A parasite is an organism which has evolved to live by invading the body of another living being. Intestinal Parasite Infection is the most common variety because the majority of parasites are adapted to live within the intestinal walls. Exposure to species of parasite which invade the gastro-intestinal tract typically occurs as a result of drinking infected water, consuming under-cooked meat (such as sushi), contact with contaminated soil, fecal-oral transmission, inadequate personal hygiene, or absorption through the skin. Avoiding the main means of contamination is very helpful, GI tract parasites may very rarely be transmitted through other means, such as when a mother infected with immature hookworms transmits the disease to her infant via breastfeeding.
Effects on the Body
In many cases, human adults infected with parasites may be completely asymptomatic unless the parasites begin reproducing in extremely large numbers or the human host has a compromised immune system.
Signs and symptoms of worms Infection
When signs and symptoms of Intestinal Parasite Infection do occur, they tend to be fairly consistent despite the fact that there are many different parasite species which could be responsible.
The first signs are often gastrointestinal complications such as diarrhea, abdominal pain, nausea, and vomiting. If the parasitic infection continues then it will likely impact the host’s nutritional absorption and result in a general feeling of weakness due to loss of appetite, weight loss, and intestinal bleeding which may result in anemia. There may be reddening of the skin around an infected person’s anus or vulva.
Certain varieties of parasites are actually capable of modifying the behavior of their human host. Toxoplasma gondii, for example, can eventually infect the brain and cause the affected individual to become more impulsive and occasionally even results in mental illnesses such as schizophrenia.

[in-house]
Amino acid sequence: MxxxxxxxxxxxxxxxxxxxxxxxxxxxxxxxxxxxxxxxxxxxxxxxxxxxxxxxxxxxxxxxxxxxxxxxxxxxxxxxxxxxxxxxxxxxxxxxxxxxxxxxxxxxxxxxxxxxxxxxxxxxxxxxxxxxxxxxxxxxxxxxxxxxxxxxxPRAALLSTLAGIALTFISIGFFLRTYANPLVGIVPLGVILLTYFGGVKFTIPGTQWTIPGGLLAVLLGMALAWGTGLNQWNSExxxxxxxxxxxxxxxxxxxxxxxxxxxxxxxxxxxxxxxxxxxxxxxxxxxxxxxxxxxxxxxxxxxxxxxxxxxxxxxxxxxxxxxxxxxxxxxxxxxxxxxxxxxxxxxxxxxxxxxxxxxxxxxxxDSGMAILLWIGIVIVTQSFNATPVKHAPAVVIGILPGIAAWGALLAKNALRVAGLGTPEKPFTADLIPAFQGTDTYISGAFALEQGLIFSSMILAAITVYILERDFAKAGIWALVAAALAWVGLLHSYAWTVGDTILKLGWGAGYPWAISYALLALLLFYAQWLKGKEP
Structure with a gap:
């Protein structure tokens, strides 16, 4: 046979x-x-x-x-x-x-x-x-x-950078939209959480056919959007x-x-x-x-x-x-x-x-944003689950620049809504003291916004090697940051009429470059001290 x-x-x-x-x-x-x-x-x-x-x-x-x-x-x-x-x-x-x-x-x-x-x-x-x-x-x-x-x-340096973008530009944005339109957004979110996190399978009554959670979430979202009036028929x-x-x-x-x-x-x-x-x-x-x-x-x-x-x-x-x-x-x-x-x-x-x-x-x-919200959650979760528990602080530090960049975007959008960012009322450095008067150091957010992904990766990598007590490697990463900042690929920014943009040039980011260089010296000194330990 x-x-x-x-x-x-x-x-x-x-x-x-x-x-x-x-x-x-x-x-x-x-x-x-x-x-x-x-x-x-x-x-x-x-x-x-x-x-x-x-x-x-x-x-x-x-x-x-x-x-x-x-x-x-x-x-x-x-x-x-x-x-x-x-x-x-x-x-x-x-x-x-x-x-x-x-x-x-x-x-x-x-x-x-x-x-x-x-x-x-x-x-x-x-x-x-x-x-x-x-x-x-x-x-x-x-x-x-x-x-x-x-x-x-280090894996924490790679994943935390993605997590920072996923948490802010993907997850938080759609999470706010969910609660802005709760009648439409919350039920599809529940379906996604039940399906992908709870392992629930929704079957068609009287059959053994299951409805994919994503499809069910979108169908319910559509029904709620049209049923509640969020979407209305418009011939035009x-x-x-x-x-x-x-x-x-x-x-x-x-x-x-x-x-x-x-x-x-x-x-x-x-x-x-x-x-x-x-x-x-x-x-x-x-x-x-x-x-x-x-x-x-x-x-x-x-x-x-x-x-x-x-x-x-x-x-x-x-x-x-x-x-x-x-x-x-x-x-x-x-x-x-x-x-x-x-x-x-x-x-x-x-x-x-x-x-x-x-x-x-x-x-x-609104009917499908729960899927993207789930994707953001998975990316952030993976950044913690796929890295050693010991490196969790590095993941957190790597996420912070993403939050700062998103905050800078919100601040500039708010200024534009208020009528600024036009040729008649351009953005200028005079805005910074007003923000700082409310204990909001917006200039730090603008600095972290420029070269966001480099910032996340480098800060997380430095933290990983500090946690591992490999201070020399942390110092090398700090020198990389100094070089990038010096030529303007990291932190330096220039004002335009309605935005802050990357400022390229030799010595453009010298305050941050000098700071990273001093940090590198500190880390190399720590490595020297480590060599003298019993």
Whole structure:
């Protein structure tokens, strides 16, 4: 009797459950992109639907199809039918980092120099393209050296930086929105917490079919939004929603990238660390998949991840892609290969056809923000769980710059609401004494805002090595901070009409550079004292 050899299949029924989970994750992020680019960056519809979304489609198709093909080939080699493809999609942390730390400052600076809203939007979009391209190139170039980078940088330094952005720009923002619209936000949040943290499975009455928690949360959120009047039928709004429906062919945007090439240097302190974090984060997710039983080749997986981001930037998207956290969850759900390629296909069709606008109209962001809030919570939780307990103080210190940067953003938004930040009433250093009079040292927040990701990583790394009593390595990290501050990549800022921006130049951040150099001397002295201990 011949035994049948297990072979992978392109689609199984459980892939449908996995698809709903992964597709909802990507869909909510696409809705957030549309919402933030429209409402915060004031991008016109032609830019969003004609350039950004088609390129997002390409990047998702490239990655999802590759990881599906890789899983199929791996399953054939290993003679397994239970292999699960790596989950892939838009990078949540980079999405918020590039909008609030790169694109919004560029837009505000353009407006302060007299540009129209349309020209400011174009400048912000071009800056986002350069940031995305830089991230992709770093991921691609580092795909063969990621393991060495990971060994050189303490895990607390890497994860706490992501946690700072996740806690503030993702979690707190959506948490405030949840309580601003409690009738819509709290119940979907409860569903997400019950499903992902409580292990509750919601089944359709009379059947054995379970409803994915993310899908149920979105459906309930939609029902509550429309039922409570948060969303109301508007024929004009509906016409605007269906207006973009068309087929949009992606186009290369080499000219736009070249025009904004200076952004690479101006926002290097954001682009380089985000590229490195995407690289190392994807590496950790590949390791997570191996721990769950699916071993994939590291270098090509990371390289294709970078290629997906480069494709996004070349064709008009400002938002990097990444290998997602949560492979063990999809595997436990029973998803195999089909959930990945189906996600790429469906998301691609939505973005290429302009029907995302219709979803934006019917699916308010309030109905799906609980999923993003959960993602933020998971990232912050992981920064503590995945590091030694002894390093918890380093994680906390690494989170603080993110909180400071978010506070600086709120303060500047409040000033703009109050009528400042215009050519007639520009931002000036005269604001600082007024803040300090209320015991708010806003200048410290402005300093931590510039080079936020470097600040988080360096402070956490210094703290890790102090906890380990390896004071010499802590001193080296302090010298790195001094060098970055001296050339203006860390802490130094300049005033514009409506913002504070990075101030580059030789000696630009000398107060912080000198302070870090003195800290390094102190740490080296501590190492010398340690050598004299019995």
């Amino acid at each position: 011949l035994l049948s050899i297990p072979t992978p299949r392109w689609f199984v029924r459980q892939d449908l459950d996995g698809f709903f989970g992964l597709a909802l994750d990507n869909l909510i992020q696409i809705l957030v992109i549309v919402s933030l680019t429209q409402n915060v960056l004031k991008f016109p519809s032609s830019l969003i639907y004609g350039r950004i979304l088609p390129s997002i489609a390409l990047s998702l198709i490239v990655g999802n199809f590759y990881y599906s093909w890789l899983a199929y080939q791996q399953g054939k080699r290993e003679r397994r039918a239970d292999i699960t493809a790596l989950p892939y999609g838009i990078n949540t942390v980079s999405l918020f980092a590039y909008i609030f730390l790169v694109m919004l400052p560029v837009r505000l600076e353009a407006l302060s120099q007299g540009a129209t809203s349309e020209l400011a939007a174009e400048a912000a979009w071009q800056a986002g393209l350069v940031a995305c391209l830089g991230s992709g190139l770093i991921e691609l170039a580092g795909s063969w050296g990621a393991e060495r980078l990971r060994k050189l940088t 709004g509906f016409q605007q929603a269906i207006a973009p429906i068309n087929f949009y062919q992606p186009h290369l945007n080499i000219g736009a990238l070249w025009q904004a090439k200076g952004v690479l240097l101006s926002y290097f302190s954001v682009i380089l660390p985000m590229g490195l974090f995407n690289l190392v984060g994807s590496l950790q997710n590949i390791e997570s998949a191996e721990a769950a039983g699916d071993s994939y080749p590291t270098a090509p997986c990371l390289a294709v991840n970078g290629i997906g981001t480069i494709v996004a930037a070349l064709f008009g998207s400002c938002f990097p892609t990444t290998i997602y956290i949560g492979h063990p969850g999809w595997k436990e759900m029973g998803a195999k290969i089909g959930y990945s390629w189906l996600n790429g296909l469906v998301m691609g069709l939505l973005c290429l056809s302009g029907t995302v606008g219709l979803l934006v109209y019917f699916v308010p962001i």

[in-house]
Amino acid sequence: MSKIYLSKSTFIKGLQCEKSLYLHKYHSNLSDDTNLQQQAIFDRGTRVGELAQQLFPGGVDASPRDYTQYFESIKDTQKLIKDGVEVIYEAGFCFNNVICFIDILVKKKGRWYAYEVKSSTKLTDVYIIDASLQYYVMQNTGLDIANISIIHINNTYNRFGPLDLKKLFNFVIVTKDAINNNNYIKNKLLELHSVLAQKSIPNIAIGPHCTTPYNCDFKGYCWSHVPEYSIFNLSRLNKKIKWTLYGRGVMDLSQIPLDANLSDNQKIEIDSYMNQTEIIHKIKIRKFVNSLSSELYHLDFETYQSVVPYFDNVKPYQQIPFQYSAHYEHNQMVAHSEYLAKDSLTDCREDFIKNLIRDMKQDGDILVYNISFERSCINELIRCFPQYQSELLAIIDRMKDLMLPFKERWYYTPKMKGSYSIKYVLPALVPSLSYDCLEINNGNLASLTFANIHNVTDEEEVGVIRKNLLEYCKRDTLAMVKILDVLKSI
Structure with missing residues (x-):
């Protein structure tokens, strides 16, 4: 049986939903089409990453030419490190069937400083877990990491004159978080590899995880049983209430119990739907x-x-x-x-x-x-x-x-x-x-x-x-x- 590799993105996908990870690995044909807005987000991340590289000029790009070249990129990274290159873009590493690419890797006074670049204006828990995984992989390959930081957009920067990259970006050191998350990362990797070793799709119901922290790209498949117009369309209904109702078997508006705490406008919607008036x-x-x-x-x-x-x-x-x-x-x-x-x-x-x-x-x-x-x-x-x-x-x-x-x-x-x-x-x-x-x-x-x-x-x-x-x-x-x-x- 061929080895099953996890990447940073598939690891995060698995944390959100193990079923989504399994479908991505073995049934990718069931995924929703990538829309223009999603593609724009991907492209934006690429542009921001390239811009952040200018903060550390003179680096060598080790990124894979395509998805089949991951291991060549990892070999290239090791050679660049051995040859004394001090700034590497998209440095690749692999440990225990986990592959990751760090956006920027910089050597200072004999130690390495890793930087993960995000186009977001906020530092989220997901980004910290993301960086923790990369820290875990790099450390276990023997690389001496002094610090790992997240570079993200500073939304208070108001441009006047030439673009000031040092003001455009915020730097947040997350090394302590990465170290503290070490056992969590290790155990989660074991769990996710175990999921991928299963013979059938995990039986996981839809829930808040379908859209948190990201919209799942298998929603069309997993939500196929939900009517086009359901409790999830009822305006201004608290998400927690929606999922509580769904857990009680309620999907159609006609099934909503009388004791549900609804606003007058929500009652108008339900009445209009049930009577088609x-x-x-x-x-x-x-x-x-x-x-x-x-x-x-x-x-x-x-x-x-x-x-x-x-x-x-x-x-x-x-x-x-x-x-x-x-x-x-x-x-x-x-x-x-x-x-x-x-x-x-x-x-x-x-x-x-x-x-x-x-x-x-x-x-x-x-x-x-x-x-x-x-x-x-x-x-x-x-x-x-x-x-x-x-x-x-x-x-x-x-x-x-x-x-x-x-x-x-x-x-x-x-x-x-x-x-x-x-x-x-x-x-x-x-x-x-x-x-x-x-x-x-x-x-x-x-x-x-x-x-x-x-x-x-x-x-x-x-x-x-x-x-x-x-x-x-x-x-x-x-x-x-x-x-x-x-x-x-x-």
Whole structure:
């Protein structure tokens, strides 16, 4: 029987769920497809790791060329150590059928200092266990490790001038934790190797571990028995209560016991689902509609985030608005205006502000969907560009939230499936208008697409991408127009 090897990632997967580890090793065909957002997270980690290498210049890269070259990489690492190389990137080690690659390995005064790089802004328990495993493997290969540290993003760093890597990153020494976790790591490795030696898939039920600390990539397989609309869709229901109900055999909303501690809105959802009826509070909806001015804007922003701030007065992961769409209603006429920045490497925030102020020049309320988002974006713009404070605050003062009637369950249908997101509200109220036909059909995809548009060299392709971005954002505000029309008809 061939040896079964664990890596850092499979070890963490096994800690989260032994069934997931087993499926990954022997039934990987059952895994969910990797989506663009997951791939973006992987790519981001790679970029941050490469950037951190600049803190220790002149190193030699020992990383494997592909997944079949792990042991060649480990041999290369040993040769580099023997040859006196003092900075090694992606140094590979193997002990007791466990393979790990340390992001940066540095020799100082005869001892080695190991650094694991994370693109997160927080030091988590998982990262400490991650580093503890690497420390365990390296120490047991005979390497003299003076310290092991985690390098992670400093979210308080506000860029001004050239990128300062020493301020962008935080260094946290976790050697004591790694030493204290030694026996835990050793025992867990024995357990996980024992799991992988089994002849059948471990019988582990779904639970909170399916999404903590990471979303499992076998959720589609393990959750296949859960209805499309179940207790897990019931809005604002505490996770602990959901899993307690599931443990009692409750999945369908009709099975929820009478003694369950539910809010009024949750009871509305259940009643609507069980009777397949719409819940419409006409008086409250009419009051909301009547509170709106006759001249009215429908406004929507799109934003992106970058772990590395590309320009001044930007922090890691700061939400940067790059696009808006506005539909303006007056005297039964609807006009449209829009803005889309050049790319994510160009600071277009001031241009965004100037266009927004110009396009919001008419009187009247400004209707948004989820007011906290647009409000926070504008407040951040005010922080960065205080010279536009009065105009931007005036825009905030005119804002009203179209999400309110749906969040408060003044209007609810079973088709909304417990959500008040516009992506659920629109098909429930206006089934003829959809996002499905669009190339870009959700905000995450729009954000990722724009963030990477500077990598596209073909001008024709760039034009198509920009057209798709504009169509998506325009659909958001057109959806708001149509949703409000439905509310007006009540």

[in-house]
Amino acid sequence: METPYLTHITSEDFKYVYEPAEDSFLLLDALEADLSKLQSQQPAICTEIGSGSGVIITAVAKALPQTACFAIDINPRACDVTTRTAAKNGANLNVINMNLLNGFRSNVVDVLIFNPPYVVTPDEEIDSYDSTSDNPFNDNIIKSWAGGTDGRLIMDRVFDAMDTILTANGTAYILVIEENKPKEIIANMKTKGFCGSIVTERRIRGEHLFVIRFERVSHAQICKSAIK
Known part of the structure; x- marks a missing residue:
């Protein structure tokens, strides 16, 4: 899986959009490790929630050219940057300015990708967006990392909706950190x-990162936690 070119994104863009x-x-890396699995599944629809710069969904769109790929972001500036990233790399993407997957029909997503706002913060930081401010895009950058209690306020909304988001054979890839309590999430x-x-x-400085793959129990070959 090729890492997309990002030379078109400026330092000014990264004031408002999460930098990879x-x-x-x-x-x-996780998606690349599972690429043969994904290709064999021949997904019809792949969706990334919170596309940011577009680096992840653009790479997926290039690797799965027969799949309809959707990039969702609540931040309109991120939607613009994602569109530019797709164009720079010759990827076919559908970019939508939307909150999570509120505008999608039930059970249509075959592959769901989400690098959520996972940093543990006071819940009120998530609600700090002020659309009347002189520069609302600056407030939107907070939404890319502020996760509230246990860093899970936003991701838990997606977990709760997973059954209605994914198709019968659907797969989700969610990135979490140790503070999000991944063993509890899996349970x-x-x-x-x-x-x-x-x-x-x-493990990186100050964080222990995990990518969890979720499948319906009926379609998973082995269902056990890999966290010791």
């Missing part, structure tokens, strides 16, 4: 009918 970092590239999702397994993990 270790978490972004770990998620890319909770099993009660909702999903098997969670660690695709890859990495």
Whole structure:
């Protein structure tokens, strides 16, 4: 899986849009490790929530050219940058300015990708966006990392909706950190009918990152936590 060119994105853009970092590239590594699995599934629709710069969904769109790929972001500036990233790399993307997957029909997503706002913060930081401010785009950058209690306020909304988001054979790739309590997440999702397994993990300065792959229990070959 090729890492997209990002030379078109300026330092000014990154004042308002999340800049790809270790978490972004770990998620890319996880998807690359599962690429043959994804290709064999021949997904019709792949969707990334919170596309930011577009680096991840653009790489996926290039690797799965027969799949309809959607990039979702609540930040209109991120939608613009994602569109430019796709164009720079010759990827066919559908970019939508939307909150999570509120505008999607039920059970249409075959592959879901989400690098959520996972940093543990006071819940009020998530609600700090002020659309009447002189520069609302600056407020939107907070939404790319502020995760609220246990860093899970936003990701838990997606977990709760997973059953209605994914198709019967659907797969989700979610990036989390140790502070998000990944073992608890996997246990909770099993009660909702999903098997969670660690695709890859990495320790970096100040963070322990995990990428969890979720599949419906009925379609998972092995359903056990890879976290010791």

Children are especially susceptible to adverse effects of parasites which may include delayed growth or even physical and mental disabilities.
A number of preventative measures may be used to reduce the chances of Intestinal Parasite Infection.
Avoid unclean water sources. Drink only packaged or boiled water, never water which has been ‘standing’ (whether indoors or outdoors); be careful if swimming in rivers, lakes, or ponds as water may enter the mouth.
Eat only meat which has been cooked thoroughly. In certain areas, it may be necessary to cook vegetables as well.
Wash hands thoroughly, especially if touching animals or soil.
Wear shoes when outdoors.
Such a wide variety of intestinal parasites exist that describing the symptoms alone is unlikely to be sufficient for diagnosis. The most common methods of clinical test include searching stool samples for parasites or eggs, or alternatively applying a piece of tape or other adhesive to the anus looking for signs of the parasitic infection.
The most common treatment for Intestinal Parasite Infections is simply giving the patient medication containing Albendazole which may either poison the parasite directly or, more often, make the parasite susceptible to digestion (in order to prevent also poisoning the human host).
In cases where a tapeworm has grown to very large size, surgery may be necessary, though this is a rare occurrence because by the time the worms have become that large or plentiful, the patient would typically be in extreme pain and have sought out a physician long before the situation became so dire.